Like many teams in need for a top starter, Yoshinobu Yamamoto is sure to be at the top of the Mets wish list. The 25-year-old Japanese sensation features ace potential.
According to Will Sammon of the Athletic, Kodai Senga has let the Mets know of his desire to pitch alongside him next year, while also making that known in Japan as well. Adding Yamamoto would be a clear indication that the Mets are still trying to win-now, as it would take a contract that is expected to end up north of $200 million.
If the Mets strikeout in their pursuit of Yamamoto, they could look towards the top of the market to find Blake Snell, Aaron Nola, Jordan Montgomery, Eduardo Rodriguez or Sonny Gray.
Due to Gray’s struggles with the Yankees, he may not be an ideal fit for the Mets. Meanwhile there is real question as to if Snell wants to pitch out east and if Nola would leave the Phillies for a division rival. My sense is that Montgomery or Rodriguez seem like the more likely fits of this bunch.
Now if the Mets are only able to add one starter through free agency, don’t be surprised if they venture into the trade market. Of the names listed above, the fit that makes the most sense to me is Tyler Glasnow.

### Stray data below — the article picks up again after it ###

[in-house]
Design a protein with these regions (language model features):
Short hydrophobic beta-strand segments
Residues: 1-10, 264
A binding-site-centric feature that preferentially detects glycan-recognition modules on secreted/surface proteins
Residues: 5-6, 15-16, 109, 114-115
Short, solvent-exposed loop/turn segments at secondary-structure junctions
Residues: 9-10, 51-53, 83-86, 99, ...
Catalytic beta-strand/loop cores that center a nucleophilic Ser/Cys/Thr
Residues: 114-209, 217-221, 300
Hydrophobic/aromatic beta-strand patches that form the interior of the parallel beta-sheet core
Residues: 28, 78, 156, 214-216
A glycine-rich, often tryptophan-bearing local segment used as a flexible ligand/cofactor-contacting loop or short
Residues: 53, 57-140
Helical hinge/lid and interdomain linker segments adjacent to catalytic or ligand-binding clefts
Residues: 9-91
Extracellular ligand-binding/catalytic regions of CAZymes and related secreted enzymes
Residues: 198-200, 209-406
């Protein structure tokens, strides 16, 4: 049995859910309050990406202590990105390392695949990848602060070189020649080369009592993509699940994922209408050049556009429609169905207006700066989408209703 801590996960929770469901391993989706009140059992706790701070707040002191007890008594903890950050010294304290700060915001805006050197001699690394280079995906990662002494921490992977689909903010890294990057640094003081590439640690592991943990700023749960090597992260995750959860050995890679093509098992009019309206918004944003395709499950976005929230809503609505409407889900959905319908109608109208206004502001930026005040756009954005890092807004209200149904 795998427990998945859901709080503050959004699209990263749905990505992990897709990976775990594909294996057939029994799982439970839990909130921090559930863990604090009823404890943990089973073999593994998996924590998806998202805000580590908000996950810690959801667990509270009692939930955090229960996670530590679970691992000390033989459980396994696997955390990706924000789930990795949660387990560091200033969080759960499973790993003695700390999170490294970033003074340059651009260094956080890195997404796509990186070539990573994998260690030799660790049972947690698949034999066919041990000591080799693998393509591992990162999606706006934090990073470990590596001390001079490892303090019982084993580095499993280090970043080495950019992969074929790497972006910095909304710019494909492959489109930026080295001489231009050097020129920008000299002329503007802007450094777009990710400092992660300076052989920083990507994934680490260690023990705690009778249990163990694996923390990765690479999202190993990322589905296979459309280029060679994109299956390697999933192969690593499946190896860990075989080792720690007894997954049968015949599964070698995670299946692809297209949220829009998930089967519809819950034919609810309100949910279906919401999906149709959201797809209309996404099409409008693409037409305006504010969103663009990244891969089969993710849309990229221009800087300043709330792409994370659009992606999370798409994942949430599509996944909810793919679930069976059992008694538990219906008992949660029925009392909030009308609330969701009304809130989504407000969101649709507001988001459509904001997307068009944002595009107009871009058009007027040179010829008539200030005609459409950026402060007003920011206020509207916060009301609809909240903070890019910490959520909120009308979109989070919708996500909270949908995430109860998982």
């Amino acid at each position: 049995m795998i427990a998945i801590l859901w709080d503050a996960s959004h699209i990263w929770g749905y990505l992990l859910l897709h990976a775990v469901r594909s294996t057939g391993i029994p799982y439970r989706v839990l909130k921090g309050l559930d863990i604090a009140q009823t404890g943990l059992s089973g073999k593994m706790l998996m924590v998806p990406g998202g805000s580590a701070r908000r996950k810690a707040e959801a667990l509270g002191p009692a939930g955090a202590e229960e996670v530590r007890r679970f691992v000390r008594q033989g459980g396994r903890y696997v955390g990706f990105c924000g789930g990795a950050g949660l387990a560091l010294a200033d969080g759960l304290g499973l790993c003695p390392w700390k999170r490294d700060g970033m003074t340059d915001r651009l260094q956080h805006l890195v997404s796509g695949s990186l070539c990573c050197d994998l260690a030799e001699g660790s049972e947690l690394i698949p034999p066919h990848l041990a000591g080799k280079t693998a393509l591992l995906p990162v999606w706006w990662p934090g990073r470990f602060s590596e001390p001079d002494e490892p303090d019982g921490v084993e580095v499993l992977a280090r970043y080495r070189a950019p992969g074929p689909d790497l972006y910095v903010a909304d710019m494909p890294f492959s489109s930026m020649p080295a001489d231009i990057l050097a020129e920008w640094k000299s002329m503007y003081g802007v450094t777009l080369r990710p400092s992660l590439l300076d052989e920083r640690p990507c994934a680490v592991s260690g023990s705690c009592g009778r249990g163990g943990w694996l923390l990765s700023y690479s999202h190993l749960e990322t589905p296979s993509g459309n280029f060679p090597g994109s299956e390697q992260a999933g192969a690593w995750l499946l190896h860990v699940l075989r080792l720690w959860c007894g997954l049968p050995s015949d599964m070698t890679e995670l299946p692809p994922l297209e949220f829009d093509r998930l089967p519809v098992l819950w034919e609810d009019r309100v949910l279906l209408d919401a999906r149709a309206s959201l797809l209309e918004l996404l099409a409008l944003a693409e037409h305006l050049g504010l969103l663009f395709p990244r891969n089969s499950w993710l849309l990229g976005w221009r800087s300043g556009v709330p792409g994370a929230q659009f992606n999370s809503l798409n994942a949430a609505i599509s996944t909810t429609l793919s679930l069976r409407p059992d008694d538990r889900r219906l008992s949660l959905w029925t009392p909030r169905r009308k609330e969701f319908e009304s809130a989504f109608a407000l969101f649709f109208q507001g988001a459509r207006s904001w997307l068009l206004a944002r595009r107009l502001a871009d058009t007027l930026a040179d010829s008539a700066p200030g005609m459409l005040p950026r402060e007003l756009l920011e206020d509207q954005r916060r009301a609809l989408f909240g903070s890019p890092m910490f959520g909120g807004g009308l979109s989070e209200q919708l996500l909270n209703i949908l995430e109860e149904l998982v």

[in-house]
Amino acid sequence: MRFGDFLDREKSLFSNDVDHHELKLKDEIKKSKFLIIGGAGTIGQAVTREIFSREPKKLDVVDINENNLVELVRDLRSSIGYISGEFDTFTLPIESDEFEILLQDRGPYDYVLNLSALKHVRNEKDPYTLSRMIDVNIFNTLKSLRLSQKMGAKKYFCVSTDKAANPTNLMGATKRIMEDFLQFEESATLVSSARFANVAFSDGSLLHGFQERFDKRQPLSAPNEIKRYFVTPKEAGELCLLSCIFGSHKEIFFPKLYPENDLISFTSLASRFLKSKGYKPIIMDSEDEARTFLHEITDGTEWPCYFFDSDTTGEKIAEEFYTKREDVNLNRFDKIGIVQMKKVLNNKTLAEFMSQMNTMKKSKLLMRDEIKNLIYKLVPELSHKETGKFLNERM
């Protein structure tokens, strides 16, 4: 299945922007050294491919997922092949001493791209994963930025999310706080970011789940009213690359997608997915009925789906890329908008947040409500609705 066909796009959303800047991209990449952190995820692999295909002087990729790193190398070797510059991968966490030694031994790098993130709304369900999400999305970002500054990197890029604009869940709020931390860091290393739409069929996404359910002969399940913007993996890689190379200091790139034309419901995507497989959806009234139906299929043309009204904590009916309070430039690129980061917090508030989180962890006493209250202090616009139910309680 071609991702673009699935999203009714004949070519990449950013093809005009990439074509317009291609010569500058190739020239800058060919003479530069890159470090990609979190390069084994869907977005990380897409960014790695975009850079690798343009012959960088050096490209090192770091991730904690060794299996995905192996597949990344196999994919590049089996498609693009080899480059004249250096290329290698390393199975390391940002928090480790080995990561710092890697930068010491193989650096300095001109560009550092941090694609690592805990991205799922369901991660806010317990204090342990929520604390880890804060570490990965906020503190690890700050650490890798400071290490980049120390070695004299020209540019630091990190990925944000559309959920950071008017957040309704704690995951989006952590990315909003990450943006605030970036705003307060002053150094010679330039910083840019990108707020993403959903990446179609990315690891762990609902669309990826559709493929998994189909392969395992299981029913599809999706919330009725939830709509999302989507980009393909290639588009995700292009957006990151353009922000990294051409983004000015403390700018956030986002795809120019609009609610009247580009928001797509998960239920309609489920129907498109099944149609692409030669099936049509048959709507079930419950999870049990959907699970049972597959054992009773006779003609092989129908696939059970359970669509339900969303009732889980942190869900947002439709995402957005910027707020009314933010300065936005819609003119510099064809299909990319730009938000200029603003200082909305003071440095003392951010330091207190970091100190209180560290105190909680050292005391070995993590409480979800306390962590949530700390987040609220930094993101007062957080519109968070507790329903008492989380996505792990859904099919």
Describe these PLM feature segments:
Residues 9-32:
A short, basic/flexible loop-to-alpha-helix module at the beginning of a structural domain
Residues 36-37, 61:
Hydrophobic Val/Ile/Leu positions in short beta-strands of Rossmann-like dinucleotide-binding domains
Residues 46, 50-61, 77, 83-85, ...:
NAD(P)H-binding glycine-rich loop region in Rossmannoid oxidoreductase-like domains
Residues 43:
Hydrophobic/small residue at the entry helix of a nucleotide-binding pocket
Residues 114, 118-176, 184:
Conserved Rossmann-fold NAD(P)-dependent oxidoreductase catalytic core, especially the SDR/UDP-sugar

In my latest article breaking down the starting pitchers available on the trade block, I predicted Glasnow to the Mets because I believe his $25 million salary will be viewed as a detriment to most teams on the market considering his injury history. Whereas the Mets could absorb such a risk with Cohen’s pocketbook.
2024 Internal Options: Edwin Diaz, Adam Ottavino*, Brooks Raley*, Drew Smith, Trevor Gott
Moving onto the bullpen, the Mets will get a massive lift with the return of top closer Edwin Diaz next season. Outside of Diaz, the rest of the bullpen is in complete flux with no other names being written in stone. The closest would be Adam Ottavino and Brooks Raley, with the former owning a player option and the latter a team option.